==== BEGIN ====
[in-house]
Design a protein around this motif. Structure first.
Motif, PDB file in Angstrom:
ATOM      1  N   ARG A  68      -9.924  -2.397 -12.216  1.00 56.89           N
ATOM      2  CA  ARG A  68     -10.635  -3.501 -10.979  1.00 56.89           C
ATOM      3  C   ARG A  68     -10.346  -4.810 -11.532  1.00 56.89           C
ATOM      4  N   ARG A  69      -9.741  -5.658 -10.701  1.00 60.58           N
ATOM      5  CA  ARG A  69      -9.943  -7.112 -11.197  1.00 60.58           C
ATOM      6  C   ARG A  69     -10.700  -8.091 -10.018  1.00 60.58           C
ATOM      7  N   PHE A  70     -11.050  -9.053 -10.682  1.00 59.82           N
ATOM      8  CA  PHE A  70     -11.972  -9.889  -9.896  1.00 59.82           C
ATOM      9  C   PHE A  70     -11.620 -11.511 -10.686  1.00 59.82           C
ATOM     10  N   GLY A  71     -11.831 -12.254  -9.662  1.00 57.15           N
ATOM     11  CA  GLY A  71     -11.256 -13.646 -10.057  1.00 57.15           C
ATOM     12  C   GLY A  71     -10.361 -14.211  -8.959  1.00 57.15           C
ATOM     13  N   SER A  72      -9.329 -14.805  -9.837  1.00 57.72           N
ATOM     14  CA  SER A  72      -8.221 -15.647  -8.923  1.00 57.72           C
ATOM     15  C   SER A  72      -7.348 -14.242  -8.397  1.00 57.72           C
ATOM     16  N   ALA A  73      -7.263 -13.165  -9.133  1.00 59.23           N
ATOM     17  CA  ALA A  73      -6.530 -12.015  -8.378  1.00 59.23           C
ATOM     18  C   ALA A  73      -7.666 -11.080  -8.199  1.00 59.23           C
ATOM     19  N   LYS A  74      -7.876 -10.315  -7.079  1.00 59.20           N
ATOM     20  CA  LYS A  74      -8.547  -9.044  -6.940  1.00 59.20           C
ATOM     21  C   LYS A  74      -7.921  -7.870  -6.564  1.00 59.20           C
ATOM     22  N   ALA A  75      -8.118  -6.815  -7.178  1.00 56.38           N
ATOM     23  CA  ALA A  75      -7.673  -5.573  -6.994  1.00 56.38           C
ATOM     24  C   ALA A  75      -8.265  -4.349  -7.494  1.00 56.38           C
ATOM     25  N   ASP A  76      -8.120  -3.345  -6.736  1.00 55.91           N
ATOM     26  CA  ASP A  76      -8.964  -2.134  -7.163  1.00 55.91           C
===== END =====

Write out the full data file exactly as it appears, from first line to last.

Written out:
[in-house]
Design a protein around this motif. Structure first.
Motif, PDB file in Angstrom:
ATOM      1  N   ARG A  68      -9.924  -2.397 -12.216  1.00 56.89           N
ATOM      2  CA  ARG A  68     -10.635  -3.501 -10.979  1.00 56.89           C
ATOM      3  C   ARG A  68     -10.346  -4.810 -11.532  1.00 56.89           C
ATOM      4  N   ARG A  69      -9.741  -5.658 -10.701  1.00 60.58           N
ATOM      5  CA  ARG A  69      -9.943  -7.112 -11.197  1.00 60.58           C
ATOM      6  C   ARG A  69     -10.700  -8.091 -10.018  1.00 60.58           C
ATOM      7  N   PHE A  70     -11.050  -9.053 -10.682  1.00 59.82           N
ATOM      8  CA  PHE A  70     -11.972  -9.889  -9.896  1.00 59.82           C
ATOM      9  C   PHE A  70     -11.620 -11.511 -10.686  1.00 59.82           C
ATOM     10  N   GLY A  71     -11.831 -12.254  -9.662  1.00 57.15           N
ATOM     11  CA  GLY A  71     -11.256 -13.646 -10.057  1.00 57.15           C
ATOM     12  C   GLY A  71     -10.361 -14.211  -8.959  1.00 57.15           C
ATOM     13  N   SER A  72      -9.329 -14.805  -9.837  1.00 57.72           N
ATOM     14  CA  SER A  72      -8.221 -15.647  -8.923  1.00 57.72           C
ATOM     15  C   SER A  72      -7.348 -14.242  -8.397  1.00 57.72           C
ATOM     16  N   ALA A  73      -7.263 -13.165  -9.133  1.00 59.23           N
ATOM     17  CA  ALA A  73      -6.530 -12.015  -8.378  1.00 59.23           C
ATOM     18  C   ALA A  73      -7.666 -11.080  -8.199  1.00 59.23           C
ATOM     19  N   LYS A  74      -7.876 -10.315  -7.079  1.00 59.20           N
ATOM     20  CA  LYS A  74      -8.547  -9.044  -6.940  1.00 59.20           C
ATOM     21  C   LYS A  74      -7.921  -7.870  -6.564  1.00 59.20           C
ATOM     22  N   ALA A  75      -8.118  -6.815  -7.178  1.00 56.38           N
ATOM     23  CA  ALA A  75      -7.673  -5.573  -6.994  1.00 56.38           C
ATOM     24  C   ALA A  75      -8.265  -4.349  -7.494  1.00 56.38           C
ATOM     25  N   ASP A  76      -8.120  -3.345  -6.736  1.00 55.91           N
ATOM     26  CA  ASP A  76      -8.964  -2.134  -7.163  1.00 55.91           C